Discovering a new past

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April 24, 2014 12:05

I joined Genie Milgrom in Portugal to celebrate Passover with a group of bnei anusim (descendants of forced converts) who were returning to Judaism.

passover

GENIE MILGROM and Marion Fischel stand next to the seven stairs going down into a mikve in the Portuguese city of Coimbra. It was discovered last year by a plumber looking to make repairs in a basement.. (photo credit:Courtesy)

When author, historian and researcher Genie Milgrom asked me to join her for Passover in Portugal, to celebrate the holiday with a group of bnei anusim (descendants of forced converts) who were returning to Judaism, I jumped at the opportunity. Over the past few years I have been privileged to notice the early stages of the revival of Jewish feeling, generally thought to have disappeared from the Iberian peninsula, but that has actually lain only slumbering in the cities and villages of Portugal and some parts of Spain.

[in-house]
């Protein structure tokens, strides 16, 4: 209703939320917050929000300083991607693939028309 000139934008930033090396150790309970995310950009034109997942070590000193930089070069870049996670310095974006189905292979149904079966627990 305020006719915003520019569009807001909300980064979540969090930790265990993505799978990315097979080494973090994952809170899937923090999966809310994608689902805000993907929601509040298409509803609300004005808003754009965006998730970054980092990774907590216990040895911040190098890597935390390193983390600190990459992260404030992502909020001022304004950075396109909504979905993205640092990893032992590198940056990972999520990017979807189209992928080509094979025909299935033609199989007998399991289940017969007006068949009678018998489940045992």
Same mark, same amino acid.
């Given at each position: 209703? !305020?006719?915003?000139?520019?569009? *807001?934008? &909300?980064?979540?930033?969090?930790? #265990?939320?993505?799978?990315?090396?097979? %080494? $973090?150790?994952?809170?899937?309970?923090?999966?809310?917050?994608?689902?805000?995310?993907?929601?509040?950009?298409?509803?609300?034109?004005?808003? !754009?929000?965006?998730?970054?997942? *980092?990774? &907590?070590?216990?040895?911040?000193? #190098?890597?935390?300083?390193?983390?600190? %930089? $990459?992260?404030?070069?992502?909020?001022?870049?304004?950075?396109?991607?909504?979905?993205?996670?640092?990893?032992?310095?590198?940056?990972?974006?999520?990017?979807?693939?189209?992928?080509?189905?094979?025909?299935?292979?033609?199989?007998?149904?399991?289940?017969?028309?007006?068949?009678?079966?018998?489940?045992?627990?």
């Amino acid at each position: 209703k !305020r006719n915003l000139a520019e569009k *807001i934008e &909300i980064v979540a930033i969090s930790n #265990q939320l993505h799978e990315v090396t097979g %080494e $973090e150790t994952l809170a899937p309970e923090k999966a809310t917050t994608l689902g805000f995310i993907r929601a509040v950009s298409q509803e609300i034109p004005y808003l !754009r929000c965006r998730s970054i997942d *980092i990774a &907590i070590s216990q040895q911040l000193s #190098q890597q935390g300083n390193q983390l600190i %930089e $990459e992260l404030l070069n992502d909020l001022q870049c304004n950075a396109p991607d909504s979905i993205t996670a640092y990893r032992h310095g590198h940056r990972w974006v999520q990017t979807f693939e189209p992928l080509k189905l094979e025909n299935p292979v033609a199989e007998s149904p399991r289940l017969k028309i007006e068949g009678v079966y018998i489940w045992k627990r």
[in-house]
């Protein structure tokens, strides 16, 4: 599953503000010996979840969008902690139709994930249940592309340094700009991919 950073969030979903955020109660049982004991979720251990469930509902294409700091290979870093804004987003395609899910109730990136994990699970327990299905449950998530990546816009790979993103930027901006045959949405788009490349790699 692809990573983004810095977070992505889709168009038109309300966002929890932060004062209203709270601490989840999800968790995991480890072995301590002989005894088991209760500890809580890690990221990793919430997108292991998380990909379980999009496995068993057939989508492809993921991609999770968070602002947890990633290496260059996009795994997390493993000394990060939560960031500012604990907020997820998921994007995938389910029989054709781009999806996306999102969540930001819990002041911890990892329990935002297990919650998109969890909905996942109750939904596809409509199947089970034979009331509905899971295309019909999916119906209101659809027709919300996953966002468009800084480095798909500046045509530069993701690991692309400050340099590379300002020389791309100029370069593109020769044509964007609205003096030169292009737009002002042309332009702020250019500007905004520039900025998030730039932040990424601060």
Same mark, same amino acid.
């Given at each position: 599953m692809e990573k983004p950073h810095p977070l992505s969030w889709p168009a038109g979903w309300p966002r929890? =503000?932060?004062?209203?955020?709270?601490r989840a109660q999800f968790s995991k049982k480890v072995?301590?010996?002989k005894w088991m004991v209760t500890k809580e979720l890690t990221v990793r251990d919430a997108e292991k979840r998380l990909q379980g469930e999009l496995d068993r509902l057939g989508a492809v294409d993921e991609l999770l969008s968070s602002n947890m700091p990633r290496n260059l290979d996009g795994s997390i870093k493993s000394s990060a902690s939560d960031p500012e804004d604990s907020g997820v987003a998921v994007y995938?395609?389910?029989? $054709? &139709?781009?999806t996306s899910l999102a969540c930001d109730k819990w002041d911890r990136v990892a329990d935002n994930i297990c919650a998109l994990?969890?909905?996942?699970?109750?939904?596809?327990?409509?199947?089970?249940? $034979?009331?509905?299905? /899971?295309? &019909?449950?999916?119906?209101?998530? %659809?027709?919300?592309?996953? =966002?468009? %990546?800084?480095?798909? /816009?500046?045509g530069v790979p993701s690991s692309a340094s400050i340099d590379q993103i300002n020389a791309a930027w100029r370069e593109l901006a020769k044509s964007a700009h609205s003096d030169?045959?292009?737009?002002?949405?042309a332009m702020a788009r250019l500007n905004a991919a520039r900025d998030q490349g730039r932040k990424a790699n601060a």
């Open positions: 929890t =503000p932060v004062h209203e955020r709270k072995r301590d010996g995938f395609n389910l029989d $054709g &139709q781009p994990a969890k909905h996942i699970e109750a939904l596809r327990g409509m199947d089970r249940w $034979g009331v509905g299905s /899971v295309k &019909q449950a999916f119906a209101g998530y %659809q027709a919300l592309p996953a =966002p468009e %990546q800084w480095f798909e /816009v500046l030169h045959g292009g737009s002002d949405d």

Recent moves by the Spanish and Portuguese governments to offer citizenship to those who can prove Sephardi heritage – an initiative which is expected to become effective in the next few months – have raised a further question, that of reciprocity.

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